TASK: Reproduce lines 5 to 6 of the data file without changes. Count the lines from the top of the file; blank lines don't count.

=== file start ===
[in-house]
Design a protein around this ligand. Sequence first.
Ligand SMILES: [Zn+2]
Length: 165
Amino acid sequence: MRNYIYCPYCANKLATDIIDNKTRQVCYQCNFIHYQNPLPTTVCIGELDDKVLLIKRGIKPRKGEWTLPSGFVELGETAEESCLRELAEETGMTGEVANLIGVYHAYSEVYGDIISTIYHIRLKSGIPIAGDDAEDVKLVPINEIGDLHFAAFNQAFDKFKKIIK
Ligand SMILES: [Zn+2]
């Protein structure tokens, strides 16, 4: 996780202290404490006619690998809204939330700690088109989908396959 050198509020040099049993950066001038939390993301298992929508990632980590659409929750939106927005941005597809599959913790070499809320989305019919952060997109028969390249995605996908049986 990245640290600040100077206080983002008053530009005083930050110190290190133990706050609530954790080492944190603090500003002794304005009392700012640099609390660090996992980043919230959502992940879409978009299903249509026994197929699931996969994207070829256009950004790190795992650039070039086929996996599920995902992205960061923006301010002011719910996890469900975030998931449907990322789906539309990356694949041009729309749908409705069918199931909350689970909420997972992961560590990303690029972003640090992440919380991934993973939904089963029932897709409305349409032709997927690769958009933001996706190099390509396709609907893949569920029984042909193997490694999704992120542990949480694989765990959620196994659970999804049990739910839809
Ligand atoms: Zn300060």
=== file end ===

Amino acid sequence: MRNYIYCPYCANKLATDIIDNKTRQVCYQCNFIHYQNPLPTTVCIGELDDKVLLIKRGIKPRKGEWTLPSGFVELGETAEESCLRELAEETGMTGEVANLIGVYHAYSEVYGDIISTIYHIRLKSGIPIAGDDAEDVKLVPINEIGDLHFAAFNQAFDKFKKIIK
Ligand SMILES: [Zn+2]